You may not like Jerry Brown’s politics at times but he has proven once again he’s not a political hack.
Consider what he did - and didn’t do - late Sunday night as the clock was running down on putting his John Hancock as “yea” or “nay” on proposed laws that passed the California Legislature. Once the stroke of midnight arrived and if he did nothing the bills would have automatically become law.
• vetoed the Trust Act that would have limited local law enforcement’s ability to cooperate with federal immigration authorities.
• signed legislation that allows the Department of Motor Vehicles to issue drivers licenses to illegal immigrants eligible for work permits under the Obama administration policy regarding those 25 and under who meet certain qualifications.
• vetoed a domestic workers rights bill addressing overtime and meal breaks for some 200,000 people who serve as caregivers, nannies, and house cleaners in California.
With the Trust Act veto Brown made it clear that a carte blanche approach to prohibiting illegals detained by local law enforcement from being turned over to Immigrations & Custom Enforcement was not OK.
It is a clear middle ground that Brown laid down back when he was Attorney General. There is a legitimate concern that Trust Act provisions would not consider those illegals arrested for drug crimes, robberies, using children to sell drugs, stealing weapons or gang involvement serious enough to lump with felonies such as murder as grounds to involve ICE. Even offenses such as child abuse may not be included in the Trust Act’s language of crimes that are OK for local law enforcement to cooperate with ICE.
Brown has even offered to work with the legislature to clean up what he aptly called “serious flaws”. That may not make some happyy who believe every illegal detained should be turned over but it is a much more pragmatic approach. It also underscores what we need more of which is less legislation riddled with holes that are open to interpretation by special interests that will use it to further their cause beyond the original intent of the lawmakers.
You may not be wild about illegals of any type getting driver’s licenses but the legislation Brown signed are for those young illegals who are going through the process to become legitimate by paying for processing to obtain what is essentially a green card to seek employment legally. Again, it is a pragmatic approach.
The domestic workers legislation is even more problematic as it would raise health costs on the disabled and elderly not to mention a $200 million or so annual hit the state would take for In-House Supportive Service workers.
That’s not saying that domestic workers don’t deserve better safeguards. They were the only category of workers - besides agricultural laborers - specifically excluded from the 1935 National Labor relations Act that established fundamental labor protections.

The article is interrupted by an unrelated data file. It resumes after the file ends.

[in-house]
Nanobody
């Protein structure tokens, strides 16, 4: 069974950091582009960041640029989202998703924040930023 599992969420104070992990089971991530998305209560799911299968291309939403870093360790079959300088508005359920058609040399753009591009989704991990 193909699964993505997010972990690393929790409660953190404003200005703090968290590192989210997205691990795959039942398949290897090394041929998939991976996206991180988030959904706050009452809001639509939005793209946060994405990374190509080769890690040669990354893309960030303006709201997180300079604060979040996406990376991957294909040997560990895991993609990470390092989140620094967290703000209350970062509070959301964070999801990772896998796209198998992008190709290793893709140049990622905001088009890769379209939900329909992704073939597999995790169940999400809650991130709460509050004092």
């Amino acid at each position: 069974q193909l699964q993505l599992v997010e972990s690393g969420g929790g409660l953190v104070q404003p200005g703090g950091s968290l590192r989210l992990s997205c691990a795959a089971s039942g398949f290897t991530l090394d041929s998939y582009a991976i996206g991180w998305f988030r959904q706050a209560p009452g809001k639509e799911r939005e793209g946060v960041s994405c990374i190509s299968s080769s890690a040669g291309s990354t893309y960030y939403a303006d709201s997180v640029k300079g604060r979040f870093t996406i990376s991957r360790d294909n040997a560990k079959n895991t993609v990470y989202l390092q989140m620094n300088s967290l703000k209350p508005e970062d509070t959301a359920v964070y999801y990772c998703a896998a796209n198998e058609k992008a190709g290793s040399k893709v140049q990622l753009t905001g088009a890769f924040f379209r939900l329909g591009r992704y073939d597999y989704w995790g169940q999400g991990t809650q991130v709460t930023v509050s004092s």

But then why exclude caregivers for the developmentally disabled? Also if babysitters under 18 are excluded does that mean babysitters over 18 are included?
The measure also has workers’ compensation ramifications by easing the requirements. That in turn could send costs skyrocketing. And how do you enforce such a law where private individuals employ caregivers and not businesses?
Brown also expressed concern that such a move would greatly reduce the ranks of caregivers by prompting people to shed them to avoid increases in costs and expensive workers compensation insurance.
Ideally, there needs to be a way to improve the lot of caregivers without essentially putting their services out of the financial reach of those who need them. Again, a lot of detail isn’t spelled out such as whether the rules would extend to part-time workers such as babysitters.
Leaving details like that up to the bureaucracy can be downright dangerous.
Too often politicians push legislation through to meet what they perceive are noble goals while showing little concern for details or how it is going to be enforced.
The devil, they say, is in the details.
We need fewer politicians blindly adopting stimulus packages and such and then a day or so later saying they had no idea that “such and such” was in the legislation they approved.
That’s one of the reasons why this nation’s founders sought it wise to have two houses of legislators checking each other while reserving specific authority to the executive branch to serve as a balance along with the court system.
When well-intentioned but sloppy work is done by one, then it is the duty of the other branches to make things right.
Brown is certainly doing that.
This column is the opinion of managing editor, Dennis Wyatt, and does not necessarily represent the opinion of The Bulletin or Morris Newspaper Corp. of CA. He can be contacted at firstname.lastname@example.org or 209-249-3519.